Status and Distribution
Local to very local, in south and east England and the Channel Islands, absent from Scotland, Wales and Ireland and may be declining in parts of its range. There are a few scattered sites where it has been recorded regularly in good numbers, such as in south Hampshire, but on Guernsey (Channel Islands) over 100 per night were noted on some occasions during 2000 and 2001.
Bradley & Fletcher no:
Maps updated with all data received by February 2018.
Foodplant and Larval Feeding Signs
Malva sylvestris (common mallow), see plant distribution, Alcea rosea (garden hollyhock) and Lavatera arborea (tree mallow).
In Europe also reported from Parietaria officinalis (a pellitory species), Althaea officinalis (marsh mallow), Urtica (nettle) and Lavatera thuringiaca (garden tree-mallow)
On common mallow the larva seals the sepals down to cover the seeds.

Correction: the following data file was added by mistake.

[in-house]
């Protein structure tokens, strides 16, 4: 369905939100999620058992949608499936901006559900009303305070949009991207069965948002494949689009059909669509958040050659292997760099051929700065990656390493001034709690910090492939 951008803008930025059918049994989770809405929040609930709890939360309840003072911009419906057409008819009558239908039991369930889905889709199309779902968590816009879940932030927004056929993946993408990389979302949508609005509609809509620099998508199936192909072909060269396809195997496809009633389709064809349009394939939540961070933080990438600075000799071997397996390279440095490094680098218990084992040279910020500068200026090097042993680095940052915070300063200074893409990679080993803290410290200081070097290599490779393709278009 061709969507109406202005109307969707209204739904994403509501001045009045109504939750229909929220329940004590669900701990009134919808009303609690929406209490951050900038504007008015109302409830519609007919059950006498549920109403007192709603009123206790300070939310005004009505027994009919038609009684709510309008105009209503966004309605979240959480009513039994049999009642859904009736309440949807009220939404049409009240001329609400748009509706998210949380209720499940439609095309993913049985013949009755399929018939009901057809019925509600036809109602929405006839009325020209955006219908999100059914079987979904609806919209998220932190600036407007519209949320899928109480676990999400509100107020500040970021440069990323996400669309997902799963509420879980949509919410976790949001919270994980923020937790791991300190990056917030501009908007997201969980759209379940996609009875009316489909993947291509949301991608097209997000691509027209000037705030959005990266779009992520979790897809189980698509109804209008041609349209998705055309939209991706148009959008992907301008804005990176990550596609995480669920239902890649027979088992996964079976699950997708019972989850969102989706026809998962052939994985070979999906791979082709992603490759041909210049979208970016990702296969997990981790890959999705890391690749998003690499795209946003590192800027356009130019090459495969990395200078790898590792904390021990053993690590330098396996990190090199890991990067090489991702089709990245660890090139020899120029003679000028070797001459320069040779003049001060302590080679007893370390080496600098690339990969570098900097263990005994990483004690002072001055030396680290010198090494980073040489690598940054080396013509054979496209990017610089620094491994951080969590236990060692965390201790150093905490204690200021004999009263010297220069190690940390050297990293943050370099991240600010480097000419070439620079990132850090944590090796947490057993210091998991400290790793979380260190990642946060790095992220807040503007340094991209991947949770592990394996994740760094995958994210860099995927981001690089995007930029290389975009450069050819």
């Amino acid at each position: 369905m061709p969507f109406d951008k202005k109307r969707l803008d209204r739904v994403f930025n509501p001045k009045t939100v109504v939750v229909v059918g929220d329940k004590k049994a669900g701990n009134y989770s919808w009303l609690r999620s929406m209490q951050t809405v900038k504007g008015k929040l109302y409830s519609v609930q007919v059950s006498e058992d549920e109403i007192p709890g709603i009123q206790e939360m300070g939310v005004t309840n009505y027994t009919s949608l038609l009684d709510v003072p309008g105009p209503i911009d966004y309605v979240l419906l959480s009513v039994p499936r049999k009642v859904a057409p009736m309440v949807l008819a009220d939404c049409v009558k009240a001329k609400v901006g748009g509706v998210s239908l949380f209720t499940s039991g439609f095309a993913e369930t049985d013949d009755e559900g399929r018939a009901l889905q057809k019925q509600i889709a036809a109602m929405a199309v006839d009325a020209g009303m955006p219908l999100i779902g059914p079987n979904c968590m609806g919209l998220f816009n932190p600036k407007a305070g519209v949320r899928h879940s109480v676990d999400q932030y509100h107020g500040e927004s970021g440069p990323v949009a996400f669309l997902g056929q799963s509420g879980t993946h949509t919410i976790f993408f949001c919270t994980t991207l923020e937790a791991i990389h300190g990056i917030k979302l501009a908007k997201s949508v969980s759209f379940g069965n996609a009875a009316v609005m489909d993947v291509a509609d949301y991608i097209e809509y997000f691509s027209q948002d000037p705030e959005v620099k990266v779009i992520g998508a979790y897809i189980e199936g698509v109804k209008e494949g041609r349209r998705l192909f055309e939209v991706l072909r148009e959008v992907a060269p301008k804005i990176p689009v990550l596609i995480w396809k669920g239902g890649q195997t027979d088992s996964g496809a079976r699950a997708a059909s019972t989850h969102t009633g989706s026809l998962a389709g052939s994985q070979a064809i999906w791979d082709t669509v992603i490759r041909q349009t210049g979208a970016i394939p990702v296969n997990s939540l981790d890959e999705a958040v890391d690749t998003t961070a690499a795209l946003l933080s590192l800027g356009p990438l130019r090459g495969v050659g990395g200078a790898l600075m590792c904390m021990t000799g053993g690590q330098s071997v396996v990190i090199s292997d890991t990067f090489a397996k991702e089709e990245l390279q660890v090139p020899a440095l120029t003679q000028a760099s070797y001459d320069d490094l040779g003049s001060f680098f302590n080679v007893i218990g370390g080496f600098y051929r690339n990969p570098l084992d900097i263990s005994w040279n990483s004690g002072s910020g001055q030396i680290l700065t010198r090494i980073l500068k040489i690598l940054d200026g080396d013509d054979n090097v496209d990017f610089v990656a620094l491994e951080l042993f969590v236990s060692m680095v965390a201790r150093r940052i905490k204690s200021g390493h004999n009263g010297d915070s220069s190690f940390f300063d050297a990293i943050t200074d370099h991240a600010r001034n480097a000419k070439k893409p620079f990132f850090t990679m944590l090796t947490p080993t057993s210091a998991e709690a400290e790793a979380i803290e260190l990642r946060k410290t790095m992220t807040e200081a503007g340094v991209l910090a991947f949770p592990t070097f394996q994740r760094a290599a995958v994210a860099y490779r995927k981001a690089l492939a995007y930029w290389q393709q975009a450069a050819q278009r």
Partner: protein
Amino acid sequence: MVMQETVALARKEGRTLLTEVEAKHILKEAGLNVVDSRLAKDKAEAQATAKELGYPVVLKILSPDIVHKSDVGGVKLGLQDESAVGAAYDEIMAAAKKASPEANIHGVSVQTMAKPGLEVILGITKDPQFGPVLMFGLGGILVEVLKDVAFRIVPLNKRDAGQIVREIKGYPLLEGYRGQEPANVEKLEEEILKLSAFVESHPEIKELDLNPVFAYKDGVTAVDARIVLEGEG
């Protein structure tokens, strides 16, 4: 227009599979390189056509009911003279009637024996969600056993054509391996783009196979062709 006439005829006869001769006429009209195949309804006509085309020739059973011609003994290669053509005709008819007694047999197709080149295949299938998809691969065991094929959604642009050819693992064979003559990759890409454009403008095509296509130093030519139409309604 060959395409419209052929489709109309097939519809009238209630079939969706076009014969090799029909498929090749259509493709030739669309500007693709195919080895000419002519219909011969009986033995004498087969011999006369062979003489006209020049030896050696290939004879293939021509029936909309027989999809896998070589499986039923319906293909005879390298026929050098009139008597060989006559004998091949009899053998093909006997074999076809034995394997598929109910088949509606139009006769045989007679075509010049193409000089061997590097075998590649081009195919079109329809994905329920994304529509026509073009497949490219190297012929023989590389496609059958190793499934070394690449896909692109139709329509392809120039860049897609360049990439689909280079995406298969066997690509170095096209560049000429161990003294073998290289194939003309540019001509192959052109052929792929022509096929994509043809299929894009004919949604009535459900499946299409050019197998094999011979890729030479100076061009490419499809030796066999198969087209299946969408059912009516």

Finding the Moth
Larva: seedheads with the sepals sealed down to cover the seeds completely are likely to contain a larva.
Adult: flies at night and comes to light, particularly in the spring and early summer. In the past thatch was reported to be a favoured over-wintering site but the few recent records in the winter period relate to moths indoors or in sheds.
Superficially similar to Pexicopia malvella in size and shape. P. subcinerea has a prominent black spot at the base of the forewing near the dorsum (trailing edge) and a pale-ringed black spot at two thirds, most obvious on fresh specimens. Pexicopia malvella has a generally darker fuscous colouring to the forewing, particularly obvious in the outer third and along the costa (leading edge) and lacks the black spot at the base of the wing. There are some differences in the flight period although overlap can occur in August and early June.
Single brooded with moths having been found in every month of the year. The species usually appears in late July and then hibernates from early September to the beginning of April making a strong reapperance in May and early June.